You may have heard people utilize the language of “addiction” to speak of their use of smart phones, either to connect to social media or to text. I remember hearing for the first time a few years ago a colleague refer to his “Crackberry” and knowing immediately what he meant.
With the Lenten season approaching, many will be going on “technology fasts.” They likely do this sort of thing from a sense that their use of these technologies or their reliance on social media is out of control.
Sherry Turkle argues that the language of “addiction” is inappropriate when it comes to social media technologies. Putting things in terms of “addiction” implies that the solution is to quit, cold turkey. If you do actually have a crack-cocaine problem, you should stop immediately!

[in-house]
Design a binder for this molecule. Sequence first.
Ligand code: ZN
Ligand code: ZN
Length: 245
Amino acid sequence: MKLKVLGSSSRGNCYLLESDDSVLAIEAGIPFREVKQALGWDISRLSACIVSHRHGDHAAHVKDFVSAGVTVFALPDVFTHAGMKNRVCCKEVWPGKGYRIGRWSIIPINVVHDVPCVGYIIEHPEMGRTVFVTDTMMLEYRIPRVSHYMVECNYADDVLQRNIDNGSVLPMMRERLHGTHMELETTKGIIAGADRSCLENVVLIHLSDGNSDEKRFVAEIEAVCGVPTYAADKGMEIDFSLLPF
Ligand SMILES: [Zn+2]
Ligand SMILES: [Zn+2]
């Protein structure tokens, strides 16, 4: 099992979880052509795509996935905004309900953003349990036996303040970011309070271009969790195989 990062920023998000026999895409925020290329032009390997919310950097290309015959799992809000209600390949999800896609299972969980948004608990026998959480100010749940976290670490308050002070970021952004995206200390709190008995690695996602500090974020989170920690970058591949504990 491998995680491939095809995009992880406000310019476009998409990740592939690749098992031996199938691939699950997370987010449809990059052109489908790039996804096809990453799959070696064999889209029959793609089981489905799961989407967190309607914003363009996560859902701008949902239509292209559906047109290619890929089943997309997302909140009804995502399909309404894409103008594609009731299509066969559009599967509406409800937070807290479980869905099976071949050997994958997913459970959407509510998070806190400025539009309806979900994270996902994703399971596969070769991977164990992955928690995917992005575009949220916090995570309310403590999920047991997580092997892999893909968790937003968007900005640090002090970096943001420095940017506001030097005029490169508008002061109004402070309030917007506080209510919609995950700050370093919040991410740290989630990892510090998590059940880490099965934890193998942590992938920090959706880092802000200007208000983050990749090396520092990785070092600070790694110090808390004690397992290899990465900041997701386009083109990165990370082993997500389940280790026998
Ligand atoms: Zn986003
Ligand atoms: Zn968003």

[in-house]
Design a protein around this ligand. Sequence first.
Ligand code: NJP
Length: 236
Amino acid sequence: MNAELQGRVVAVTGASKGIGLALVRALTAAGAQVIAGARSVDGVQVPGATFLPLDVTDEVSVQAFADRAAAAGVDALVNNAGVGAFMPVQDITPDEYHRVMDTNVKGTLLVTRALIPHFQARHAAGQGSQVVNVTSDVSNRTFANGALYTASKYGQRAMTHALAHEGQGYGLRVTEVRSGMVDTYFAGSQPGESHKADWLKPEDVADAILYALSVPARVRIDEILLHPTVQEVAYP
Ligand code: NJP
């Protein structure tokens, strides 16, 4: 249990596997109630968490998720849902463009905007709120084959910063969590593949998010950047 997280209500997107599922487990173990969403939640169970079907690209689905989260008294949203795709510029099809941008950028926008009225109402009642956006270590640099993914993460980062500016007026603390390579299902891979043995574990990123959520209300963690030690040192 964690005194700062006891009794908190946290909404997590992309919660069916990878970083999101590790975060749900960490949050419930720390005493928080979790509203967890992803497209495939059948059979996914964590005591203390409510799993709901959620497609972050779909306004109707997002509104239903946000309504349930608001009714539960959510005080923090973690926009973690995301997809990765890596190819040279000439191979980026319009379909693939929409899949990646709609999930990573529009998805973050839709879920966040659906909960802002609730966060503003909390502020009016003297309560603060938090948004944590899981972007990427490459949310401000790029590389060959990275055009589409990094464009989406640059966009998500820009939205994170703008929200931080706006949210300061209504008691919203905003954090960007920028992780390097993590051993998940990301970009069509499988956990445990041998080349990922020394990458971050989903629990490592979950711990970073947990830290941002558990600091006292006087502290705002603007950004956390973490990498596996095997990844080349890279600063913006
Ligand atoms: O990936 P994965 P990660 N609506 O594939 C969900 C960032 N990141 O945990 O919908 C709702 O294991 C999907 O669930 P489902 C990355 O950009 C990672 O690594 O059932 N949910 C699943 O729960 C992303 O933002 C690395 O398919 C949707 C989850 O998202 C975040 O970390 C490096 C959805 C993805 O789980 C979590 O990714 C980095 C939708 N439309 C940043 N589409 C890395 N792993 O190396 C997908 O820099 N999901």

Turkle notes, however, that these social media technologies will continue to be part of our world. She says it’s better to consider carefully how we might use them fruitfully rather than simply to avoid them.
Further, she notes that the language of “addiction” doesn’t grapple seriously with the complications and complexities of how these technologies affect our humanity. Putting things in those terms may be a convenient way to avoid doing the hard work of reflecting on how newer technologies affect the way we think, how we connect with our own emotions, how we fantasize, and how we relate to others.
What do you think of her point? Have you set rules or boundaries for your use of social media or your smart phone? Have you considered a “technology fast?”